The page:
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A mutually beneficial relationship


Argentina participates in the substantive work of many of the OECD’s specialised Committees and has adhered to selected OECD legal instruments. As a G20 country, together with Mexico and Brazil, Argentina benefits from the broad OECD-G20 agenda and participates in the development of standards for better global governance such as the Base Erosion and Profit Shifting (BEPS) Project and the OECD-G20 Principles of Corporate Governance.


Angel Gurria & Mauricio Macri

OECD Secretary General Ángel Gurría and President Mauricio Macri of Argentina during the World Economic Forum in Davos, Switzerland




“Argentina has begun a new stage in its development that our Government summarises in three objectives: moving towards a country with zero poverty, fighting drug trafficking and uniting Argentinians. This requires strengthening the State’s role as a promoter of sustainable development in different areas of public policy: social policies, education, employment, infrastructure, and value-added tax reform, among others. Argentina is open to international co-operation and looks forward to working closer with the OECD to achieve effective policies in our country to improve the quality of life of our people.”

Mauricio Macri, President of the Argentine Republic


In this context, Argentina has recently strengthened its co-operation with the OECD via a tailored Action Plan, which will mobilise OECD support for Argentina’s key reform priorities across 16 policy areas. Argentina’s Minister of Treasury, Nicolás Dujovne, presented the plan to OECD Secretary-General Ángel Gurría on 17 March 2017 during a bilateral meeting in the margins of the Meeting of the G20 Finance Ministers and Central Bank Governors.  


To co-ordinate the relationship,the OECD’s Global Relations Secretariat develops and oversees the strategic orientation of this relationship and ensures that the dialogue remains focused and forward-looking.


“This Action Plan is an ambitious combination of public policy priorities that the OECD will work on with Argentina, over the coming year, to strengthen economic growth, competitiveness and institutions and add momentum to President Mauricio Macri’s reform agenda.This is an Argentine plan, based on Argentine priorities. We are committed to leveraging OECD expertise and sharing best practices to help Argentina advance its reform agenda and move closer to international standards.”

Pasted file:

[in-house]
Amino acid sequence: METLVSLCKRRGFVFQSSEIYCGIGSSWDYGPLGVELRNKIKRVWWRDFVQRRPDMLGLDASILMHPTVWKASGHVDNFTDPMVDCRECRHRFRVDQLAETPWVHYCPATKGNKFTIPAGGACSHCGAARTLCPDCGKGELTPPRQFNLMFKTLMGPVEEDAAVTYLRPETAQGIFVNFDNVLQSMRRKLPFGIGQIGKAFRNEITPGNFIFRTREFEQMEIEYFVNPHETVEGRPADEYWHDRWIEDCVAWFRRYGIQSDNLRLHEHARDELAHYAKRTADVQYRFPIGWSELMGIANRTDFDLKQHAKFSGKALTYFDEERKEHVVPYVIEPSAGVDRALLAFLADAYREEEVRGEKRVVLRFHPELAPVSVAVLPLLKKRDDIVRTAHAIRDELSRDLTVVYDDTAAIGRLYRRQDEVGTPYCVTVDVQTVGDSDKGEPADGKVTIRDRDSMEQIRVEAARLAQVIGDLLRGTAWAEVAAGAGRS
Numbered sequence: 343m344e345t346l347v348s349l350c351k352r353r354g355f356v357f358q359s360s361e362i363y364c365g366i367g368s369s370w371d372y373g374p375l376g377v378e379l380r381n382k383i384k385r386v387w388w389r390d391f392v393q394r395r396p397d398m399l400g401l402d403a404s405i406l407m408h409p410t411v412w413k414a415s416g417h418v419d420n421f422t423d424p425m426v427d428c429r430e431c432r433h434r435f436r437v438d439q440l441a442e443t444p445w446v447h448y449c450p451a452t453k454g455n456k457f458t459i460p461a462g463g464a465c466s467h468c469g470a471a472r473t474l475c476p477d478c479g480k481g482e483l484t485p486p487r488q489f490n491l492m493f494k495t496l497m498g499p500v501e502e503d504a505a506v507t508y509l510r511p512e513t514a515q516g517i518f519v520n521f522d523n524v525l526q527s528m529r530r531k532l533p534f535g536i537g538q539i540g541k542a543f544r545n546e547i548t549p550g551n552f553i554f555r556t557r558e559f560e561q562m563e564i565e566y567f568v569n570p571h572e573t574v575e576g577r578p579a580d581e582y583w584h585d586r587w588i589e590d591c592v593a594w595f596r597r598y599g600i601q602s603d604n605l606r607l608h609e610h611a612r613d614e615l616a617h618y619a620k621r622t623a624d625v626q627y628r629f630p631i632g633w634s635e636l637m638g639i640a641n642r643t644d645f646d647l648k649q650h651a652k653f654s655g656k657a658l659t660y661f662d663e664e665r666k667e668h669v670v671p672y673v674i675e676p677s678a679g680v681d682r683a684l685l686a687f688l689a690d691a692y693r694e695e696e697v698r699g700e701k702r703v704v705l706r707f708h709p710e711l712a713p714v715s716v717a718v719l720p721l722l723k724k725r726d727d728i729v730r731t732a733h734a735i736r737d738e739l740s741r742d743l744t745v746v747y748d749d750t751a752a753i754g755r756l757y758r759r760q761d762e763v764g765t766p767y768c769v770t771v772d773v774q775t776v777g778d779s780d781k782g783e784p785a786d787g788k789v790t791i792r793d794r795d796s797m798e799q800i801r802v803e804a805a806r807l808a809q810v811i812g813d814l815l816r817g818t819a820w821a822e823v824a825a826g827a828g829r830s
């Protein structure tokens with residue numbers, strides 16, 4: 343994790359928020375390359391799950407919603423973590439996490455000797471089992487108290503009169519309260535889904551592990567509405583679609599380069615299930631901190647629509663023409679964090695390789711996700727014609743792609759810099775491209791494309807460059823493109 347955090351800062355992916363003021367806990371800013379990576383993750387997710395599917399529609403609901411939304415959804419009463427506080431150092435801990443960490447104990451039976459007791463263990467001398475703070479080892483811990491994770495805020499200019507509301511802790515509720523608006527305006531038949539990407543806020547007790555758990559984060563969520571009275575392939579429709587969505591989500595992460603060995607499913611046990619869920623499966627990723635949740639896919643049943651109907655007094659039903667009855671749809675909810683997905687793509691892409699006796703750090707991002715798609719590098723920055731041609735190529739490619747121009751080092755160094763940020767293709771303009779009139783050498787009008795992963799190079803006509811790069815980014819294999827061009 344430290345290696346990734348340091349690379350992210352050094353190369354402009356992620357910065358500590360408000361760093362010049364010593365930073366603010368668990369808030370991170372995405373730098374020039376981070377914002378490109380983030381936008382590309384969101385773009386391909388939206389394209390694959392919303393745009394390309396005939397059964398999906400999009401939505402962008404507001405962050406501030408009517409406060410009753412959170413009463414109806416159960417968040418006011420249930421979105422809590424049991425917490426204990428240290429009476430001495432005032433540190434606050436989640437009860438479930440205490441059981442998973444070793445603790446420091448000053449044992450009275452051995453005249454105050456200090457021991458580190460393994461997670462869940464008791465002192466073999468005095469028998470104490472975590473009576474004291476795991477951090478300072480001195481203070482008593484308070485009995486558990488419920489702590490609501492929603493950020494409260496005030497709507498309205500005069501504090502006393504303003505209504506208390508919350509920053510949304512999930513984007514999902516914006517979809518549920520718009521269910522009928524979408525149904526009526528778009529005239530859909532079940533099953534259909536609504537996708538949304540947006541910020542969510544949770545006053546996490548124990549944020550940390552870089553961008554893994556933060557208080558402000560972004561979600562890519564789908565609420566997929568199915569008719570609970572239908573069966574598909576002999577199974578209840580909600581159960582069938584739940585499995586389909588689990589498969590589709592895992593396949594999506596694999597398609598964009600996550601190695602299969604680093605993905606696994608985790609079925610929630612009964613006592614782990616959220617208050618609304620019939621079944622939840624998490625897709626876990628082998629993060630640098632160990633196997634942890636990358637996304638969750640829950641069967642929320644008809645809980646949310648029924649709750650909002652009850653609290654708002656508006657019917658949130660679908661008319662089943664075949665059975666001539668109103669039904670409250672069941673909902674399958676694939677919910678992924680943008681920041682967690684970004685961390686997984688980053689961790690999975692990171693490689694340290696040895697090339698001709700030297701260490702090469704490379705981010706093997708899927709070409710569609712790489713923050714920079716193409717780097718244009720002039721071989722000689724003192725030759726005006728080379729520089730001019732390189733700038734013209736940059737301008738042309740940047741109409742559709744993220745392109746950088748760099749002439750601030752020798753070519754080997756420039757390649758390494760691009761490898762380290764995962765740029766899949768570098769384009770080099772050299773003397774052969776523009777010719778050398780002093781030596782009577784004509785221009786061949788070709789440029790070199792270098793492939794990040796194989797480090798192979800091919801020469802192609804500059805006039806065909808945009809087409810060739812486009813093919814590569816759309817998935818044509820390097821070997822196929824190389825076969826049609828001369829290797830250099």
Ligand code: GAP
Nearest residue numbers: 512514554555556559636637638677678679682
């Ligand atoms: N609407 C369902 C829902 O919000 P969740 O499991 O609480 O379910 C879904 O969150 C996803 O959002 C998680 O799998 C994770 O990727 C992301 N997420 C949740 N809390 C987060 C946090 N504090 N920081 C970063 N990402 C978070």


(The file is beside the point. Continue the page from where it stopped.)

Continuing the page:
Ángel Gurría, OECD Secretary-General

  Dujovne Gurría 
OECD Secretary General Ángel Gurría and Minister of Treasury of Argentina Nicolás Dujovne during the meeting in the margins of the Meeting of the G20 Finance Ministers and Central Bank Governors


This results in a mutually beneficial relationship. The review and evaluation procedure allows for the sharing of OECD standards and best practices with Argentine authorities, and the identification of areas for future reforms. Argentina values the opportunity to discuss major policy issues and challenges in a multilateral context and to learn from the experiences of OECD countries facing similar challenges in many areas. In turn, this dialogue enriches the OECD’s knowledge and policy advice, and benefits OECD members and non-OECD economies by enabling them to acquire a better understanding of Argentina.

Latest OECD publications on Argentina

Book cover of the Argentina Economic Survey 2019

OECD Economic Surveys: Argentina 2019 

Over many decades, Argentina’s economy has been held back by weak policy settings and productivity has stagnated. Recent and additional reforms will help to raise prosperity for all Argentinians in the medium term. Strengthening competition by reducing barriers to market entry and foreign trade has particularly high payoffs. Tariff barriers have prevented a stronger integration into the world economy, which could raise consumer purchasing power, reduce the cost of firms’ inputs and lead companies in shielded sectors to become more productive. Currently, many jobs are trapped in activities with limited potential for productivity and wage growth. As job reallocation can result in temporary income losses, policies should ease the transition by enhancing training and social protection. Social policies are effective in reducing inequalities and poverty continued its declining trend during 2016 and 2017, until a severe economic crisis pushed the economy into a deep recession in 2018. This has shifted the immediate policy focus to restoring confidence and unwinding significant fiscal and external imbalances. Swift and decisive policy responses were necessary and their implementation will lay the grounds for a return of macroeconomic stability and a recovery from the recession, although significant risks remain.



Read the executive summary of this publication here.


Additional Recent Reviews of Argentina:


>> More OECD work on Argentina